Written by: Graeme Simsion
Published by: Penguin Books LTD (2/1/2014) 352 pages
'I'm not good at understanding what other people want.' 'Tell me something I don't know ...' Love isn't an exact science - but no one told Don Tillman. A thirty-nine-year-old geneticist, Don's never had a second date. So he devises the Wife Project, a scientific test to find the perfect partner. Enter Rosie - 'the world's most incompatible woman' - throwing Don's safe, ordered life into chaos. But what is this unsettling, alien emotion he's feeling?
I have to be honest, ‘The Rosie Project’ is not the sort of book I would normally have looked twice at. As regular readers will probably have picked up, I’m of a more fantastical bent, and as the summary suggests, the book is a romance – normally the one genre I avoid if I can help it. However, there are a few advantages to my current place of employment, specifically in this instance the occasional promotional copy of a book being donated to the staffroom, and something about the book appealed.
I’m happy to say that I’m glad I did indulge that whim; ‘The Rosie Project’ is an absolute treat.
There’s more to Don than the summary suggests. He’s incredibly intelligent, a talented chef, although he prefers to stick to tried and tested recipes to maximise efficiency, a gifted martial artist, highly – almost obsessively – organised, but cripplingly socially awkward. It quickly becomes apparent that he registers somewhere on the autistic spectrum, although it isn’t entirely clear whether he himself recognises this. Rosie is a part-time barmaid; she smokes, she’s perpetually late, vegetarian and far more concerned with finding her real father than romance – although given how unsuitable a prospective wife she is, that’s of little concern to Don.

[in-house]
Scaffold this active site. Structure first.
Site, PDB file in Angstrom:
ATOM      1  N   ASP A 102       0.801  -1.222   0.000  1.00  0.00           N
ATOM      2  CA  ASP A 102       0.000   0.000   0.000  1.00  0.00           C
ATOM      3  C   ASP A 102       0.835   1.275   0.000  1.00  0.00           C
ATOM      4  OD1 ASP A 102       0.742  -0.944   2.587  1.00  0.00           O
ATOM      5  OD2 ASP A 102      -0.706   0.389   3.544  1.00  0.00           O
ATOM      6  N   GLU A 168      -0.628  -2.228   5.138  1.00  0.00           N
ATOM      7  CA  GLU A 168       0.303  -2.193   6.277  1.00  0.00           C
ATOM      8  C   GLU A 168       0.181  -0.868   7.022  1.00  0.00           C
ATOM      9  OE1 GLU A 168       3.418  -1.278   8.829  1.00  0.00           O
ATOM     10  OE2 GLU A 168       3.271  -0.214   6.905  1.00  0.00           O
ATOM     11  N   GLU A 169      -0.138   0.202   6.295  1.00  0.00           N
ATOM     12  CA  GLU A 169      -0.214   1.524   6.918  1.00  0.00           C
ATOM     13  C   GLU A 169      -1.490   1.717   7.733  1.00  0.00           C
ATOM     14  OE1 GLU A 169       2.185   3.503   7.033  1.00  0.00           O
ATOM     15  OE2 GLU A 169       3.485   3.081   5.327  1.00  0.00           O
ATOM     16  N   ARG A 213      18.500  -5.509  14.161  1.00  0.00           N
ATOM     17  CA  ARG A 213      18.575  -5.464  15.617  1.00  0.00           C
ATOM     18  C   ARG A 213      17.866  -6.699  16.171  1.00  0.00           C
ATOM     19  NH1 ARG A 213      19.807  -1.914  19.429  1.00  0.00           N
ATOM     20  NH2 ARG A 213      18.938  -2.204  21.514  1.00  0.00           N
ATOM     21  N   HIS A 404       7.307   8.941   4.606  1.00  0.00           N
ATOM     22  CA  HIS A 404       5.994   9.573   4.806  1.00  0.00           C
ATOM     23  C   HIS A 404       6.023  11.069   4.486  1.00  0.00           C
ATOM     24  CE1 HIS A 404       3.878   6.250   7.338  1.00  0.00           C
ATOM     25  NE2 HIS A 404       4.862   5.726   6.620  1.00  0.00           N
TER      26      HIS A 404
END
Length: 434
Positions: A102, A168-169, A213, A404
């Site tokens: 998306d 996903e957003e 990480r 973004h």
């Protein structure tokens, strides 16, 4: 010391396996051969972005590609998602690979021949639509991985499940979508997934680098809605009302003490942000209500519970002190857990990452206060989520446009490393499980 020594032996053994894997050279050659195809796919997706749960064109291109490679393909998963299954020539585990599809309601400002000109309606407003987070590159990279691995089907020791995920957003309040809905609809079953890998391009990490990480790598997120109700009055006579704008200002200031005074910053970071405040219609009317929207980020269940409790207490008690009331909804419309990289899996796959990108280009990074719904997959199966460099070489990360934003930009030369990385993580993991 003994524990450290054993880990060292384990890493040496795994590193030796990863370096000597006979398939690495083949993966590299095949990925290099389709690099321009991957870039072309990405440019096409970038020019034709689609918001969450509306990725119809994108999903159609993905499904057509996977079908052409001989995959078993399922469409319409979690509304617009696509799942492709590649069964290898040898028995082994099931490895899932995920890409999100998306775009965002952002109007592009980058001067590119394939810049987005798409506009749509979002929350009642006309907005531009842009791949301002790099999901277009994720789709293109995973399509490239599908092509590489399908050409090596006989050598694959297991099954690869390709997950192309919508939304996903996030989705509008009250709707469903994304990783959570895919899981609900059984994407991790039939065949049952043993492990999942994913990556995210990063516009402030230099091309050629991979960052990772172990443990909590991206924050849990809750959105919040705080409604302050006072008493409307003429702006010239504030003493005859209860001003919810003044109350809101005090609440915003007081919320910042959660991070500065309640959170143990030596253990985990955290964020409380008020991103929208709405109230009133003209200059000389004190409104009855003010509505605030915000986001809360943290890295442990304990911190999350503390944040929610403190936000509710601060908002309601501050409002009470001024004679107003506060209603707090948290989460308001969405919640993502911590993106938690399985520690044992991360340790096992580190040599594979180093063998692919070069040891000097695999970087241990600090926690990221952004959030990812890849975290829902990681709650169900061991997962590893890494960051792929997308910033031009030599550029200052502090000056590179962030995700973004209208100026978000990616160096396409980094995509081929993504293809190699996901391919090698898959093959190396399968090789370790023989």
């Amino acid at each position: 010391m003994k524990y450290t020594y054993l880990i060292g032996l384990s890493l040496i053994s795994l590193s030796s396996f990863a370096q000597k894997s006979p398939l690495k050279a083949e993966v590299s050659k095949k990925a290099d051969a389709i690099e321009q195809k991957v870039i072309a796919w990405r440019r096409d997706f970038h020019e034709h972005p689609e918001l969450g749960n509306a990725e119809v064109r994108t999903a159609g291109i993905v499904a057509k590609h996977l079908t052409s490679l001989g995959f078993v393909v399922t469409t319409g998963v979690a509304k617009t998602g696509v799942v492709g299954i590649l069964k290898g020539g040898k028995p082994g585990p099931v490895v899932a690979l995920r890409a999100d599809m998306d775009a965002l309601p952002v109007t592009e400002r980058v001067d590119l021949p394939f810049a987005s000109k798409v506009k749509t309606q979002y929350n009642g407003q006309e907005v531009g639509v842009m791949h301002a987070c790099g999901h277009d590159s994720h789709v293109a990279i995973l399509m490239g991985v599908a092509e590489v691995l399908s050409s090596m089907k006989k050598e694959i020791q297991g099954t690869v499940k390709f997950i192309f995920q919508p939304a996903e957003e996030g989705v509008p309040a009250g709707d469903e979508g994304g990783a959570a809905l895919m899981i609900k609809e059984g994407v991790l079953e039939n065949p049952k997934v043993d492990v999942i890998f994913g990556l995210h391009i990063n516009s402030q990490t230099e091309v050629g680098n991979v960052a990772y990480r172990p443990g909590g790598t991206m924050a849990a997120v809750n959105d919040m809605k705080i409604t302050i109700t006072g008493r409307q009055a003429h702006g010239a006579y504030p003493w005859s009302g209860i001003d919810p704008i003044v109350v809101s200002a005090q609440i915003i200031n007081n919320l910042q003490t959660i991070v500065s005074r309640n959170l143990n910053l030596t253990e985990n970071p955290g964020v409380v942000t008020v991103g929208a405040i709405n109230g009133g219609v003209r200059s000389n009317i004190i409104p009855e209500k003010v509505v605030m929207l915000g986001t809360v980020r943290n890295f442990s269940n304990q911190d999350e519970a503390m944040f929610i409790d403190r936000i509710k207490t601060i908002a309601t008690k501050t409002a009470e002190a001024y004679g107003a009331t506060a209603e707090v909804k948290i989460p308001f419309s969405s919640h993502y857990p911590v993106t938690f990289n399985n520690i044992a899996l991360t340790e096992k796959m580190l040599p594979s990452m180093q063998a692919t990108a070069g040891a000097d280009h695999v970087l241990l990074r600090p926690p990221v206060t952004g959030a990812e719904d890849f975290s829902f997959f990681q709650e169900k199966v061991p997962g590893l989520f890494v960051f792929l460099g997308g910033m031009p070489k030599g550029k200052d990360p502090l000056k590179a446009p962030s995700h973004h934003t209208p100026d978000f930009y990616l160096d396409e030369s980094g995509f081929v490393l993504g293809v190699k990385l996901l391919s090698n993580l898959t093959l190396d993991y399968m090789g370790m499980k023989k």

From the gleefully mischievous opening line – “I may have found a solution to the Wife Problem”, a sentence open to all kinds of interpretation and delivery – it’s a story that will have you chuckling throughout, even on occasion breaking out into fully fledged belly laughs. Both Don and Rosie are witty, but they also get into a wide variety of madcap scenarios, partly as a result of the quest to find her real father, which involves a surprising amount of illegal activity, and partly as a result of the chaos Rosie drags around with her. A chapter with the two of them working the bar at a posh party is glorious.
More importantly though, the romance itself is exquisitely handled. Even though at least one party has absolutely no idea that they are actually engaged in a romantic entanglement, it is a thoroughly heartwarming story, which managed to move even my stony heart. True, the participants are pretty familiar to anyone with a reasonably grounding in popular culture – Don is sensitively handled, but will immediately bring to mind Dr Sheldon Cooper of ‘The Big Bang Theory’, or Abed Nadir of ‘Community’, if not the more literary Christopher, of ‘The Curious Incident of the Dog in the Night-Time’; Rosie, on the other hand, is a textbook example of the Manic Pixie Dream Girl, attractive, chaotic, various issues but with a warm-hearted view of the world. However, there is absolutely no harm in familiar ground done well.
It isn’t a complex story, or even a terribly original one in broad strokes. It’s classic romantic comedy, beat to beat, and it came as no real surprise to me when I found out that it had started life as a screenplay. The ultimate conclusion will be even less of a surprise, but as they say, tropes are not inherently bad. It may be a familiar destination, but the journey is a delight.